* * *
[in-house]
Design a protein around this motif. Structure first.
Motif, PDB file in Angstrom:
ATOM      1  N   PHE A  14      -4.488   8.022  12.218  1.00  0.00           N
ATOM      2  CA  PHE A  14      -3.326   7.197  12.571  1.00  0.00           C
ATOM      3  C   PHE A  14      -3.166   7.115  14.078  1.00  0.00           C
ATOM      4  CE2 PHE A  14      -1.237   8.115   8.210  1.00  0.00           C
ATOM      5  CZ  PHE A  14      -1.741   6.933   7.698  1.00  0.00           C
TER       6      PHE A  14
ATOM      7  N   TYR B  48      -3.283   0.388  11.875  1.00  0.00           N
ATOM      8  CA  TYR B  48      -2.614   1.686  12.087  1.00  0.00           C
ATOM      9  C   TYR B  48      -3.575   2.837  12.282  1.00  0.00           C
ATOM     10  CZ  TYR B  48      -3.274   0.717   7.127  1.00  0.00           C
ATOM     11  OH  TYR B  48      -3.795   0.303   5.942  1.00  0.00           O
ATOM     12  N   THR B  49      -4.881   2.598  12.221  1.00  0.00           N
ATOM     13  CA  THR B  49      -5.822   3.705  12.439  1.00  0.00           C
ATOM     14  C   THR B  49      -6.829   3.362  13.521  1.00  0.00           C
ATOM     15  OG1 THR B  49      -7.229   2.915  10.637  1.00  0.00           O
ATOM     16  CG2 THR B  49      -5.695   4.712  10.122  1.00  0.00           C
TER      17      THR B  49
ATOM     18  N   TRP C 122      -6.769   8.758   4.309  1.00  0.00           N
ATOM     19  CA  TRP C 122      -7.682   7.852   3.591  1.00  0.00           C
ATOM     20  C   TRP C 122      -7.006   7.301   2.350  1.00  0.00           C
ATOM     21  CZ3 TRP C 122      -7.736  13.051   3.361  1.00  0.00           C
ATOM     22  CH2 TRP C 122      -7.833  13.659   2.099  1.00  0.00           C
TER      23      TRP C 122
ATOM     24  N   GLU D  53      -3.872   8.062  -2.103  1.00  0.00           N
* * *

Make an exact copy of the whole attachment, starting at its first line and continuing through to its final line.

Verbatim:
[in-house]
Design a protein around this motif. Structure first.
Motif, PDB file in Angstrom:
ATOM      1  N   PHE A  14      -4.488   8.022  12.218  1.00  0.00           N
ATOM      2  CA  PHE A  14      -3.326   7.197  12.571  1.00  0.00           C
ATOM      3  C   PHE A  14      -3.166   7.115  14.078  1.00  0.00           C
ATOM      4  CE2 PHE A  14      -1.237   8.115   8.210  1.00  0.00           C
ATOM      5  CZ  PHE A  14      -1.741   6.933   7.698  1.00  0.00           C
TER       6      PHE A  14
ATOM      7  N   TYR B  48      -3.283   0.388  11.875  1.00  0.00           N
ATOM      8  CA  TYR B  48      -2.614   1.686  12.087  1.00  0.00           C
ATOM      9  C   TYR B  48      -3.575   2.837  12.282  1.00  0.00           C
ATOM     10  CZ  TYR B  48      -3.274   0.717   7.127  1.00  0.00           C
ATOM     11  OH  TYR B  48      -3.795   0.303   5.942  1.00  0.00           O
ATOM     12  N   THR B  49      -4.881   2.598  12.221  1.00  0.00           N
ATOM     13  CA  THR B  49      -5.822   3.705  12.439  1.00  0.00           C
ATOM     14  C   THR B  49      -6.829   3.362  13.521  1.00  0.00           C
ATOM     15  OG1 THR B  49      -7.229   2.915  10.637  1.00  0.00           O
ATOM     16  CG2 THR B  49      -5.695   4.712  10.122  1.00  0.00           C
TER      17      THR B  49
ATOM     18  N   TRP C 122      -6.769   8.758   4.309  1.00  0.00           N
ATOM     19  CA  TRP C 122      -7.682   7.852   3.591  1.00  0.00           C
ATOM     20  C   TRP C 122      -7.006   7.301   2.350  1.00  0.00           C
ATOM     21  CZ3 TRP C 122      -7.736  13.051   3.361  1.00  0.00           C
ATOM     22  CH2 TRP C 122      -7.833  13.659   2.099  1.00  0.00           C
TER      23      TRP C 122
ATOM     24  N   GLU D  53      -3.872   8.062  -2.103  1.00  0.00           N